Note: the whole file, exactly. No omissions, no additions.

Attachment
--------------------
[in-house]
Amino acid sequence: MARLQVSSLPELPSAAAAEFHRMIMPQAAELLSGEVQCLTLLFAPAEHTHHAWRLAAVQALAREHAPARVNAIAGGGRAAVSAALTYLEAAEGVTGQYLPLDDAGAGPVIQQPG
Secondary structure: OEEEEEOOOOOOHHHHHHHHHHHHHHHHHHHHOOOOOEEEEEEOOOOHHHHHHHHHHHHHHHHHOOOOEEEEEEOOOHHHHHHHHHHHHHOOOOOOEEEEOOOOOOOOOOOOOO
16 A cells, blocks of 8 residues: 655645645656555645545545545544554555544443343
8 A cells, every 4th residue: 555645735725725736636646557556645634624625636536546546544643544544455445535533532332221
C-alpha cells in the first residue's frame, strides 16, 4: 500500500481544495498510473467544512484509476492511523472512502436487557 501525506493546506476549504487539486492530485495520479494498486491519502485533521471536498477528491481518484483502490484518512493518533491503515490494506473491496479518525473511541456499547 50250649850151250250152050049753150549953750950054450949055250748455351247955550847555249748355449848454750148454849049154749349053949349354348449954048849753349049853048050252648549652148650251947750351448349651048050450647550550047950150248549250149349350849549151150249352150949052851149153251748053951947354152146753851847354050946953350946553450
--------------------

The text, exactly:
[in-house]
Amino acid sequence: MARLQVSSLPELPSAAAAEFHRMIMPQAAELLSGEVQCLTLLFAPAEHTHHAWRLAAVQALAREHAPARVNAIAGGGRAAVSAALTYLEAAEGVTGQYLPLDDAGAGPVIQQPG
Secondary structure: OEEEEEOOOOOOHHHHHHHHHHHHHHHHHHHHOOOOOEEEEEEOOOOHHHHHHHHHHHHHHHHHOOOOEEEEEEOOOHHHHHHHHHHHHHOOOOOOEEEEOOOOOOOOOOOOOO
16 A cells, blocks of 8 residues: 655645645656555645545545545544554555544443343
8 A cells, every 4th residue: 555645735725725736636646557556645634624625636536546546544643544544455445535533532332221
C-alpha cells in the first residue's frame, strides 16, 4: 500500500481544495498510473467544512484509476492511523472512502436487557 501525506493546506476549504487539486492530485495520479494498486491519502485533521471536498477528491481518484483502490484518512493518533491503515490494506473491496479518525473511541456499547 50250649850151250250152050049753150549953750950054450949055250748455351247955550847555249748355449848454750148454849049154749349053949349354348449954048849753349049853048050252648549652148650251947750351448349651048050450647550550047950150248549250149349350849549151150249352150949052851149153251748053951947354152146753851847354050946953350946553450